Today the Appeals Court decided Gund v. Planning Board of Cambridge.  That case concerns the former location of the Middlesex Superior Court, an asbestos-filled, anomalous sky-scraper near Lechmere in Cambridge.  The building, which does not comply with zoning, has been sold to a developer.  At issue was whether the court house is a preexisting, nonconforming

In 2007, when the Supreme Judicial Court (SJC) decided Rourke v. Rothman (pdf), it seemed clear that the court was endorsing the principle that a local bylaw exemption from the effects of the common law zoning merger doctrine could itself give rise to grandfathering protection under M.G.L. c. 40A, sec. 6 (pdf) (Section 6).  A recent Appeals Court decision, Kimmett v. Town of Tolland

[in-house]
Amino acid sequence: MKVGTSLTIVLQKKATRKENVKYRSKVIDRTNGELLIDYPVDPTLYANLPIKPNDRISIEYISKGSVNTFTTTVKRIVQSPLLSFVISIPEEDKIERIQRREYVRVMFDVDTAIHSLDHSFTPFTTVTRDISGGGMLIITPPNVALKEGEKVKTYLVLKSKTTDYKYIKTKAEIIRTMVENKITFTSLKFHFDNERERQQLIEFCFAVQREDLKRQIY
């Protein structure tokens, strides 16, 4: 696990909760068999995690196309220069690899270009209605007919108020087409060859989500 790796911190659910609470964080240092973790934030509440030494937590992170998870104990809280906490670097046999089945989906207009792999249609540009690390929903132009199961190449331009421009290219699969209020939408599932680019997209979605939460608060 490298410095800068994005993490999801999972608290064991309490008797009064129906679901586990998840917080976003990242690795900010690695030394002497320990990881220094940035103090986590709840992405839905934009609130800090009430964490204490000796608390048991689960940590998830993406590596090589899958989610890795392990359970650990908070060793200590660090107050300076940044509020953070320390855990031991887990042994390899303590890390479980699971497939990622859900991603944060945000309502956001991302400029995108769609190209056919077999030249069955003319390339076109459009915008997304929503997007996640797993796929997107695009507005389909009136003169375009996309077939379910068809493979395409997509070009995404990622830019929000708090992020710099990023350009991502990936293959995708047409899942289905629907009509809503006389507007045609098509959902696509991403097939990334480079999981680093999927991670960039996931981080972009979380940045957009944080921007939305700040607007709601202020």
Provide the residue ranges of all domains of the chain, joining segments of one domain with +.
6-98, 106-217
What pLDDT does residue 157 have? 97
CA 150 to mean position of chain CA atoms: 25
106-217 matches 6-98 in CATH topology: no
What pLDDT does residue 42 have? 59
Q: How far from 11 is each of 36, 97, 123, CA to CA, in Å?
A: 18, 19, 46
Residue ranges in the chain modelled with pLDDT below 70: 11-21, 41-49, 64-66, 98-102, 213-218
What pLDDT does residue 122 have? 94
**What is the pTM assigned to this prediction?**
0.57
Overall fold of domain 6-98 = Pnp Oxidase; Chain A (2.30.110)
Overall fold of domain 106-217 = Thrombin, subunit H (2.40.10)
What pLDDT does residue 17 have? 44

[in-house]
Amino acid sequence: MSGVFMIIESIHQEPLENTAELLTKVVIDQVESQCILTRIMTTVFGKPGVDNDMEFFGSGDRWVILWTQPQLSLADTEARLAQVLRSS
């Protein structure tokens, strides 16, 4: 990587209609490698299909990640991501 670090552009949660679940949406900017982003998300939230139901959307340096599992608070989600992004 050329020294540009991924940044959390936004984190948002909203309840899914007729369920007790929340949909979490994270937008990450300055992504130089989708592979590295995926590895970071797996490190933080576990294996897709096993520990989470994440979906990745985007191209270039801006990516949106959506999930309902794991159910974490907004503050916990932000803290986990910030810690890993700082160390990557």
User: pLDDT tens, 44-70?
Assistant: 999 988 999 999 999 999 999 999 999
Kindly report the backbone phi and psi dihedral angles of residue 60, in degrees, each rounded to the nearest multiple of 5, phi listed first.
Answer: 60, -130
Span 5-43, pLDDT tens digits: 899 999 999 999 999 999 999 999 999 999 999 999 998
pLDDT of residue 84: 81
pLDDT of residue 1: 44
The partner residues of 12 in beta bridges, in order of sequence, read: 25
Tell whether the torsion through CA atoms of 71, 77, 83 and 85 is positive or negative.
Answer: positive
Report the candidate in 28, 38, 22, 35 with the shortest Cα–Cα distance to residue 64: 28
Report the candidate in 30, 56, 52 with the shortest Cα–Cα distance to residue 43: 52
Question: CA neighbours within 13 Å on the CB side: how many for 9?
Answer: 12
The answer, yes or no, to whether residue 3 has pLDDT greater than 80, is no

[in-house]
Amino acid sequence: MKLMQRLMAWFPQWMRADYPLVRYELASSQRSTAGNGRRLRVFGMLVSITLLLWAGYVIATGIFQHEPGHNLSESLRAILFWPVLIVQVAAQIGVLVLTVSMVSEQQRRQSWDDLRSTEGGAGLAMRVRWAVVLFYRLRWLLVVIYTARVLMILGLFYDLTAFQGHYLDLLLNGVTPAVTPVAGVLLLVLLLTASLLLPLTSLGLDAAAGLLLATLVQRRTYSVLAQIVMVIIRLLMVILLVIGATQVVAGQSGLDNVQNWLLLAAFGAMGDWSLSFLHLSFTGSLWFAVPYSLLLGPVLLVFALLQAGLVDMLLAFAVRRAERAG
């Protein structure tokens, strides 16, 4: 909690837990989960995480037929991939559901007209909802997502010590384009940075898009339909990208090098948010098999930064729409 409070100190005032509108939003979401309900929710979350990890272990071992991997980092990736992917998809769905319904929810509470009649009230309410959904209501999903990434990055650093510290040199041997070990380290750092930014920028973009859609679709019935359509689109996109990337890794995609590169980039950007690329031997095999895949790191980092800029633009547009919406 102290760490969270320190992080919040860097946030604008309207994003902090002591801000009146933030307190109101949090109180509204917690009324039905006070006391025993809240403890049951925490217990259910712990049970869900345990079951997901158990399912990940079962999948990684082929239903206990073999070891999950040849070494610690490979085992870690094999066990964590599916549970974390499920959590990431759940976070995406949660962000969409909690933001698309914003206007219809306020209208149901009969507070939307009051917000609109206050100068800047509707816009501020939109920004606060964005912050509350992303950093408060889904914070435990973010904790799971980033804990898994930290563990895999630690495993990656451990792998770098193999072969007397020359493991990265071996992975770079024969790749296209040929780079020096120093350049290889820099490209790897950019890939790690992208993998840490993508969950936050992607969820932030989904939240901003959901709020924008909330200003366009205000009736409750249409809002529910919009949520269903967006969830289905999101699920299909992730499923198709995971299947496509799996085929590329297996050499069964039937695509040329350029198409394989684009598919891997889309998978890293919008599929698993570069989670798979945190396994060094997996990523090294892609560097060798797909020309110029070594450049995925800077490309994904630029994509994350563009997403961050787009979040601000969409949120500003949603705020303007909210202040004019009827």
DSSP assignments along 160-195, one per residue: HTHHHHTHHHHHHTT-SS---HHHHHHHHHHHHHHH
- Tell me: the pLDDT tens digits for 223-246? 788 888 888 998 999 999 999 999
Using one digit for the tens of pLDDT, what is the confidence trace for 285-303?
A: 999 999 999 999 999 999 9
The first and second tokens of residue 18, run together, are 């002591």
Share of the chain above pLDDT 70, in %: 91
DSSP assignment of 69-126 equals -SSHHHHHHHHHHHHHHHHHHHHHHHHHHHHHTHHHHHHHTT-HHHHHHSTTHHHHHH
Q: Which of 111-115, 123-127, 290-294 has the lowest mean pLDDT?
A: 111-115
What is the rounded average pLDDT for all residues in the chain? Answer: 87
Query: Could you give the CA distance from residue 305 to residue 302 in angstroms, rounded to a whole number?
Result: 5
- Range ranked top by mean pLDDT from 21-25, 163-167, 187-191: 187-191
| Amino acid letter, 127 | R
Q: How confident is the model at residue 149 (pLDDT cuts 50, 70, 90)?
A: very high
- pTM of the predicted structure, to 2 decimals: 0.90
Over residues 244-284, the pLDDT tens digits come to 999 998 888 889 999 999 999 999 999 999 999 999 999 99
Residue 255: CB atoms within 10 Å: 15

In its recent decision in Johnson v. Board of Appeals of Andover (pdf), the Appeals Court affirmed a Land Court ruling that a 1971 eminent domain taking of part of a lot destroyed the lot’s grandfather protection under M.G.L. c. 40A, § 6 (pdf) (Section 6).  The court noted that, when this occurs, the owner is entitled to seek compensation for any diminution in value